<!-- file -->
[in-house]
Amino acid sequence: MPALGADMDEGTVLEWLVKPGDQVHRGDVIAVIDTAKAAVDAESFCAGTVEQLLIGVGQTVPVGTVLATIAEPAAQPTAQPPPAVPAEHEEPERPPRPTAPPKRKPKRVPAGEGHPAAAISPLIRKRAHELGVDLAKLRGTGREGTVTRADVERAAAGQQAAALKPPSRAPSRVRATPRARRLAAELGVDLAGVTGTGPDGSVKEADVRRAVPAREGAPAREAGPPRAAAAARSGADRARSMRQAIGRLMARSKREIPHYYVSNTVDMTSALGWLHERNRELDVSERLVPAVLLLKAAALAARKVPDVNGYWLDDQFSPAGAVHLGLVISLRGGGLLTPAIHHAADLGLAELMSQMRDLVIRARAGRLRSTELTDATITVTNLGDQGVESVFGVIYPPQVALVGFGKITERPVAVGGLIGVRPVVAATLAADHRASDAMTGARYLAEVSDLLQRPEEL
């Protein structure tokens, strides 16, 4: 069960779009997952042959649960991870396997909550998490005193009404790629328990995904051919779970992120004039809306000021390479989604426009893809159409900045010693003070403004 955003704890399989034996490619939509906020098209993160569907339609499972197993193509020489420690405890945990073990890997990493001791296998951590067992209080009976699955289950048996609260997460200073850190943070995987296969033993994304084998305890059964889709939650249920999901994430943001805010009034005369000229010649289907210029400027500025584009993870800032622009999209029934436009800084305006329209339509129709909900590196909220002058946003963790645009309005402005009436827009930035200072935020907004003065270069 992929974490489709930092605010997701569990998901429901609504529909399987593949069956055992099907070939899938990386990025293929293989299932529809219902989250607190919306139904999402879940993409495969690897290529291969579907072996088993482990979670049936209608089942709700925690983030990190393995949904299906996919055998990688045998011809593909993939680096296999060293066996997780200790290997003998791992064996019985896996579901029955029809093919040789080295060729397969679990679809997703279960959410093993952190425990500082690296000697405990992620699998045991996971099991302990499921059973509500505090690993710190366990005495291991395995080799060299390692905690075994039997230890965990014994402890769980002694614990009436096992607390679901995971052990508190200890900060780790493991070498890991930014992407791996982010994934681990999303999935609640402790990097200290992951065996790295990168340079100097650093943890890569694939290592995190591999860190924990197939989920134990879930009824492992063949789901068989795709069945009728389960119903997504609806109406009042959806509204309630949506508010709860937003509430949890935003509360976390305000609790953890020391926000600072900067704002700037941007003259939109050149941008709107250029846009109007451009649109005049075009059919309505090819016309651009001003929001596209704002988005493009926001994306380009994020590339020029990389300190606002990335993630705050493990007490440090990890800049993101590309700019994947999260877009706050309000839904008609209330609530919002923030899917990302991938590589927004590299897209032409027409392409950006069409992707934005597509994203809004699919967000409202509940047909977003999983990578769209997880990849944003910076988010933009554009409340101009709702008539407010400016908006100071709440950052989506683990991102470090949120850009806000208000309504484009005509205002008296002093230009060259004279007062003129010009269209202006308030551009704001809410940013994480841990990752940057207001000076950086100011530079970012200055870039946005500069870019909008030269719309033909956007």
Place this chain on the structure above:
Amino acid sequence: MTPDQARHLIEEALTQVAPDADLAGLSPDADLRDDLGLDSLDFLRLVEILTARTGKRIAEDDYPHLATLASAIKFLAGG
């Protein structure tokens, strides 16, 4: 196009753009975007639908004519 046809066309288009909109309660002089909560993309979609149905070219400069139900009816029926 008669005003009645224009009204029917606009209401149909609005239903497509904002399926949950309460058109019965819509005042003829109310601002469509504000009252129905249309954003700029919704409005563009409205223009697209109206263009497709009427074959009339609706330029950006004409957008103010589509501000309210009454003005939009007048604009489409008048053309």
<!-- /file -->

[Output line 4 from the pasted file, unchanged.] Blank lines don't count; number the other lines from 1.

Place this chain on the structure above: